Wil Wheaton brings William Shatner on his Professor Proton show to meet Sheldon, who gets so excited that he vomits on Shatner. Going to Wil to apologize, he finds Wil hosts a Dungeons & Dragons group with his celebrity friends including Shatner. Finding out Stuart is in the group and never told them, the guys make Stuart panic and quit. Wil secretly invites Leonard who discovers that the group also includes Shatner, Kevin Smith, Joe Manganiello and Kareem Abdul-Jabbar. Leonard tells Penny, who tells Amy and Bernadette, all three women having a crush on Manganiello. Because of that indiscretion, Wil kicks out Leonard and admonishes the guys for using him for his connections, and says that one of the worst things about being a celebrity is not knowing whether someone will like him for himself. To apologize, the guys invite Wil to play D&D with them at Leonard’s apartment, but Wil, secretly in the middle of a game with Penny, Amy and Bernadette and the group, politely turns them down, before allowing the girls to send them a photo of the events as payback.
I’m sure someone will start a petition to redo the finale because Sheldon’s speech was “out of character” for him, like Game of Thrones, lol. Seriously, they really did wrap up the show perfectly. Even though they had the Nobel Prize win and pregnancy and the Buffy cameo, they really didn’t rely on a bunch of craziness or twists or a ton of cameos or the things many series finales attempt to do. Instead, they just leaned into the strengths of the show and let the actors do their thing. That Sheldon speech was a great way to end things.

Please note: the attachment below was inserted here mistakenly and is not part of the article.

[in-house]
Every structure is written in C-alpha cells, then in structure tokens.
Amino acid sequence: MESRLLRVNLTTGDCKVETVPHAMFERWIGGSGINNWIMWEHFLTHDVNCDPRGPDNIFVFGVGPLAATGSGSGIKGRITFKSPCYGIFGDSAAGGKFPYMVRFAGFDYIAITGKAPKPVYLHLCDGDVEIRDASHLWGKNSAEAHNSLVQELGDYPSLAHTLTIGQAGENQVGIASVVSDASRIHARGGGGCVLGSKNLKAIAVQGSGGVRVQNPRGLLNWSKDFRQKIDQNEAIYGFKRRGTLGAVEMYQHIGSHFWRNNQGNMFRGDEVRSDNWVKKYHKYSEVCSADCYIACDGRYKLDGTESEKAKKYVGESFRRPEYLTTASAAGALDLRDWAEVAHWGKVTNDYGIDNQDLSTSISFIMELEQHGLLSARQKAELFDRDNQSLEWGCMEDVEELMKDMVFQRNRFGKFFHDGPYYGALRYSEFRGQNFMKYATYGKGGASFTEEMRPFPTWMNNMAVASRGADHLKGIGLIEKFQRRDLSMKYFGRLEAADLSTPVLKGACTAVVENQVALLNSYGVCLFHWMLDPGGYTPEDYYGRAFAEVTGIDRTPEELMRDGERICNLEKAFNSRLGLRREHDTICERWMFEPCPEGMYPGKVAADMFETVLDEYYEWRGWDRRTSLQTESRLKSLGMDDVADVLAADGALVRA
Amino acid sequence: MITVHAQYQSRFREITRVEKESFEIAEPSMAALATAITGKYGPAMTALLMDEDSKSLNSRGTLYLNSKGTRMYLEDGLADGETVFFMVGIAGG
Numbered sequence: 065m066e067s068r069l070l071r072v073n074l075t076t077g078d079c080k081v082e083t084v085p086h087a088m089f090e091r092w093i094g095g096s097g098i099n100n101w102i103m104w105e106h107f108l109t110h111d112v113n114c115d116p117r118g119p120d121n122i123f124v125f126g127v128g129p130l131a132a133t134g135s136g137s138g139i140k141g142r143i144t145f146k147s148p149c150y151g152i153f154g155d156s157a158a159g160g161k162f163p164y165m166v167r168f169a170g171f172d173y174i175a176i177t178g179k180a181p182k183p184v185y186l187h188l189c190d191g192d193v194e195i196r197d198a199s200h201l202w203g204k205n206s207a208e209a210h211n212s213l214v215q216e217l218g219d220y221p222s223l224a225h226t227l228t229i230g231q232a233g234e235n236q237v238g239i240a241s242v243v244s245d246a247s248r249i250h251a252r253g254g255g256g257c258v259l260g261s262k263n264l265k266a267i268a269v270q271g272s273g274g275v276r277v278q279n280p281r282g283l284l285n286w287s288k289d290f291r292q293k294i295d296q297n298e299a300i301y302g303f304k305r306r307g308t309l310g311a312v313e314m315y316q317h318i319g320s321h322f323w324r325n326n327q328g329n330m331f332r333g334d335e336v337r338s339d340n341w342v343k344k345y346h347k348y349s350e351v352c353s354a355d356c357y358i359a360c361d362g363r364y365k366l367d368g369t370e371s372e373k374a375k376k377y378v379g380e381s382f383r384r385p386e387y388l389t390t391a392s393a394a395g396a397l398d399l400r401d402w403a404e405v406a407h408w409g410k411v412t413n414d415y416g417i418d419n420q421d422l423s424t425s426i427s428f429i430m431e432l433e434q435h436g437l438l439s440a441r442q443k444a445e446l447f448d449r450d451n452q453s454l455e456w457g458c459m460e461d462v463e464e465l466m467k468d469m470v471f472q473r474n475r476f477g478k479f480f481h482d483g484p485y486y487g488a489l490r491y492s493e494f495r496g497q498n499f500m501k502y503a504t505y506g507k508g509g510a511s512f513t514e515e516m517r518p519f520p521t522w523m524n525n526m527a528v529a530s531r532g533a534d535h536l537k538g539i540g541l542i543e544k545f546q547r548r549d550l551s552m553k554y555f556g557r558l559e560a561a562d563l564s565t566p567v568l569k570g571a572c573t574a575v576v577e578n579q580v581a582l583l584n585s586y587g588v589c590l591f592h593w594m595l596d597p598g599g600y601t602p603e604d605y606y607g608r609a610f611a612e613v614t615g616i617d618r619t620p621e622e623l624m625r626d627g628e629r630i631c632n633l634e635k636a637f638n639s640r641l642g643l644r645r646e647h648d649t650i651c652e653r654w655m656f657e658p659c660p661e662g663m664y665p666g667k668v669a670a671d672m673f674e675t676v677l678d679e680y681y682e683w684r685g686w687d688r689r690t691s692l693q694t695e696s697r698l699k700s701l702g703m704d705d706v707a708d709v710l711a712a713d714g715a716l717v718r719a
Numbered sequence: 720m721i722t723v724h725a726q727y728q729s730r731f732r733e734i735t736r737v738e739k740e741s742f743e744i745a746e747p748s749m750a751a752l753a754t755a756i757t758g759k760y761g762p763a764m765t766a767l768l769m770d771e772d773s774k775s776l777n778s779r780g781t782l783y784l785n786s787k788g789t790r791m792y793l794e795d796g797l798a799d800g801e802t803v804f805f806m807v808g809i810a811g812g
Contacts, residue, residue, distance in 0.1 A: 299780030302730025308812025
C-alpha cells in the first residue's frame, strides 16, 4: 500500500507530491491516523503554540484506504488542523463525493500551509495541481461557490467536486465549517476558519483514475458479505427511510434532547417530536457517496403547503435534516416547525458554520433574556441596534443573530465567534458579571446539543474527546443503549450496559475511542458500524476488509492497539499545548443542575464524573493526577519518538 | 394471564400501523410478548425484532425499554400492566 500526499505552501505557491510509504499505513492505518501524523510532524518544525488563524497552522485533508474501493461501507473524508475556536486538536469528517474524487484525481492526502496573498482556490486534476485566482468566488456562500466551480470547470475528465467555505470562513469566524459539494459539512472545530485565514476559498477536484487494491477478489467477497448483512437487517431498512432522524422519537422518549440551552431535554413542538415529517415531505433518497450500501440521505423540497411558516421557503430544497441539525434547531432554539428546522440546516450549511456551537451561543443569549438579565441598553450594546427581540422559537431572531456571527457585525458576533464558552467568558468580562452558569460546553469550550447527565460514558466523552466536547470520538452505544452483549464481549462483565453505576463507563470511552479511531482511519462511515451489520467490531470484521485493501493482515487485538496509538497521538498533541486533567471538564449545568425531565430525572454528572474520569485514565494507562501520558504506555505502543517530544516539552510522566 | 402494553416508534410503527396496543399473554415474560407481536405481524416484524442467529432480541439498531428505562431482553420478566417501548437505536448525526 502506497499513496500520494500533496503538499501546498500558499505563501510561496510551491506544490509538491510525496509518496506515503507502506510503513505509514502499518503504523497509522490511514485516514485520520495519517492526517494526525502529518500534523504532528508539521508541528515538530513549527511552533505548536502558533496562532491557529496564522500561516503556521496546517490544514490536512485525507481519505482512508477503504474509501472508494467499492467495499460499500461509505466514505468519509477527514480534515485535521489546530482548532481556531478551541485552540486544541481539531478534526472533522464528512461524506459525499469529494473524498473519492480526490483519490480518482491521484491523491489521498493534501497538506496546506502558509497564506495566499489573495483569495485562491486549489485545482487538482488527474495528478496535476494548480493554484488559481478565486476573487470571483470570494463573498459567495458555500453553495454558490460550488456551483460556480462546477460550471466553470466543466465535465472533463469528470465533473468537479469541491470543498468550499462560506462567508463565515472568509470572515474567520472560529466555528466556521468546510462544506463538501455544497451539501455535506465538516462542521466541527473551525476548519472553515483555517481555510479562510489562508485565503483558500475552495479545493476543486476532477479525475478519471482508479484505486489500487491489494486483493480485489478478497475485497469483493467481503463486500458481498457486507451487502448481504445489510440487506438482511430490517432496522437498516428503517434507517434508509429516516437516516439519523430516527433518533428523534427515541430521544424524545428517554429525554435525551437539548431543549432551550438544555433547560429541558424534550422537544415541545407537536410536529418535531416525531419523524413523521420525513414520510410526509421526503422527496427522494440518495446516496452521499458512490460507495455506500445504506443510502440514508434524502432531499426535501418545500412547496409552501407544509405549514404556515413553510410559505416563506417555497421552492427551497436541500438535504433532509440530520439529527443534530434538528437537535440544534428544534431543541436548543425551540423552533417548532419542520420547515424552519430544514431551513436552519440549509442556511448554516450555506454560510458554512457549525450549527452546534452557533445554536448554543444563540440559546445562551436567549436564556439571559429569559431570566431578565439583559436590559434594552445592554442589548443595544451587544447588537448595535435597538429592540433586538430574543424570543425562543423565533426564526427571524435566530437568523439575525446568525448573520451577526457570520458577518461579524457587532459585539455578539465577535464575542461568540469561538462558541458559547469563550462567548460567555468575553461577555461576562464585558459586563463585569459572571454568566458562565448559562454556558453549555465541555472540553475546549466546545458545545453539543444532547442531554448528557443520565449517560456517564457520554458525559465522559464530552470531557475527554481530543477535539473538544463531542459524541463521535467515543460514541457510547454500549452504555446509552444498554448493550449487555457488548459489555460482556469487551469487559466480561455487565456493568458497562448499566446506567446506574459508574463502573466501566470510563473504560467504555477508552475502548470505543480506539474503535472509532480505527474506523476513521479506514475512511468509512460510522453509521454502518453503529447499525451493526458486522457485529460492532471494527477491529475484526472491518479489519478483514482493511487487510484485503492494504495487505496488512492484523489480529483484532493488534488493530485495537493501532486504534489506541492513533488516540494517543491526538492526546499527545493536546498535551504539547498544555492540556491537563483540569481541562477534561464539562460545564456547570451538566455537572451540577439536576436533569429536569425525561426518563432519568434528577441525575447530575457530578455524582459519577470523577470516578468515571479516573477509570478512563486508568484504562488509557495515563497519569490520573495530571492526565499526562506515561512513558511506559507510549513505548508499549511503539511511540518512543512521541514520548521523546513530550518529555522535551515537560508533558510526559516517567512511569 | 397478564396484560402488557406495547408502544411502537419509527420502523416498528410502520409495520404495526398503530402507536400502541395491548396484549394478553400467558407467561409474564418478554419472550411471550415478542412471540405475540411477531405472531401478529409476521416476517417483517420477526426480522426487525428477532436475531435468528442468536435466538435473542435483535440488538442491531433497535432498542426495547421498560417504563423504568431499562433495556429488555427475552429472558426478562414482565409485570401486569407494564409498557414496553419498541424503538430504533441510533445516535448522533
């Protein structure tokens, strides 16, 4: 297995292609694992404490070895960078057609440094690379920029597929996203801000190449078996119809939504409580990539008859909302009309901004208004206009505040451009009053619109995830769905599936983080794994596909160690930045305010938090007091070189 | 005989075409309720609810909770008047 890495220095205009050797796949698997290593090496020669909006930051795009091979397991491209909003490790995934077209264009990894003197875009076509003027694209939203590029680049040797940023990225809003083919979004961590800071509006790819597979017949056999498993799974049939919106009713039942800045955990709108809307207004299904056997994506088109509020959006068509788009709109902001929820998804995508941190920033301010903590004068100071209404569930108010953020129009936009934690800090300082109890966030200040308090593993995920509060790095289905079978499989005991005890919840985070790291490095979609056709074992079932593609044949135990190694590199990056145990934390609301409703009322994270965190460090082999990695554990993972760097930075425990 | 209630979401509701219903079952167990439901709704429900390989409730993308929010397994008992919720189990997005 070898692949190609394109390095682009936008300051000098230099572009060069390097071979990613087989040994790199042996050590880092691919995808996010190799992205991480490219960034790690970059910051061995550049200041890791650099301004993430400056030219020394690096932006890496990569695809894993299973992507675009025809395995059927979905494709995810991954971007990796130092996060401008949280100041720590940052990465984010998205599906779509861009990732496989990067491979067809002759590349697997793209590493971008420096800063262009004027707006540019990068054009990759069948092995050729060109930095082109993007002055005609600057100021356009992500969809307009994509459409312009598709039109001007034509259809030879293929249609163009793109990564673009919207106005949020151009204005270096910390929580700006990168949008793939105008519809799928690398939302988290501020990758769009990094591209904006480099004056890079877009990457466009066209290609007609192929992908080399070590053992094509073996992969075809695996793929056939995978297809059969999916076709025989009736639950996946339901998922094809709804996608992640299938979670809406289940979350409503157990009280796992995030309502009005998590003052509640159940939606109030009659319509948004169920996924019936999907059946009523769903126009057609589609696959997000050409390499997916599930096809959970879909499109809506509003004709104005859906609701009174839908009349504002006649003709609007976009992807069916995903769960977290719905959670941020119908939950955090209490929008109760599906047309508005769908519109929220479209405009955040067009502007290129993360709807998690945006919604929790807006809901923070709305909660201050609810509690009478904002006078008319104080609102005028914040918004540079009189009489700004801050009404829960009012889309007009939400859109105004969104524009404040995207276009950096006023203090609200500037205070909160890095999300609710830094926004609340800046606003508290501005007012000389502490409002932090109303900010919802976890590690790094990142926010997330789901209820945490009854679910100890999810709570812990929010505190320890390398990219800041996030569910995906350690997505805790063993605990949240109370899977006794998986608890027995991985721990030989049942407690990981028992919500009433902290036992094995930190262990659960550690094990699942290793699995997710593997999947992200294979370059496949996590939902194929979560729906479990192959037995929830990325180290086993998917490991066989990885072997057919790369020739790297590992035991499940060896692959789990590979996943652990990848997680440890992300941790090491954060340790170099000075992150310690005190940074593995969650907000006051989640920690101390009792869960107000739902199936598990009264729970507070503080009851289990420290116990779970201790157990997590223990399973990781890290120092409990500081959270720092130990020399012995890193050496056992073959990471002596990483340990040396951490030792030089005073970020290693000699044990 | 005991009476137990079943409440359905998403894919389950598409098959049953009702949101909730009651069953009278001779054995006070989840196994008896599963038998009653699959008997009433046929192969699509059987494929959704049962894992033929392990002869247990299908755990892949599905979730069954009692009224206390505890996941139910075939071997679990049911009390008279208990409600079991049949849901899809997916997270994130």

Categories: The Big Bang Theory2007 American television series debuts2000s American college television series2000s American romantic comedy television series2000s American sitcoms2010s American college television series2010s American romantic comedy television series2010s American sitcoms2019 American television series endingsCBS network showsCultural depictions of scientistsEnglish-language television programsNerd culturePhysics in fictionPrimetime Emmy Award-winning television seriesTelevision series about friendshipTelevision series by Warner Bros. TelevisionTelevision series created by Bill PradyTelevision series created by Chuck LorreTelevision shows featuring audio descriptionTelevision shows set in Pasadena, California
As the theme of the show revolves around science, many distinguished and high-profile scientists have appeared as guest stars on the show. Famous astrophysicist and Nobel laureate George Smoot had a cameo appearance in the second season.[56] Theoretical physicist Brian Greene appeared in the fourth season, as well as astrophysicist, science populizer, and physics outreach specialist Neil deGrasse Tyson, who also appeared in the twelfth season.
The scene is all business – at least as much as you can expect from a bunch of cut-ups making a sitcom – and no one seems distracted by two significant events: The episode will mark the show’s 276th, moving it past “Cheers” to set a record for a sitcom filmed in front of a studio audience, and only three more remain to be shot for "Big Bang," co-created by Chuck Lorre and Bill Prady. 

Turning to total viewers, “Manifest” was the biggest gainer overall, on average adding 6.1 million viewers per episode. ABC’s “The Good Doctor” was second with an average viewer lift of just under 6 million. “New Amsterdam” (5.2 million viewer lift) and “A Million Little Things” (3.5 million viewer lift) were also among the top gainers in this measure, as was ABC’s “Whiskey Cavalier” (3.2 million viewer lift).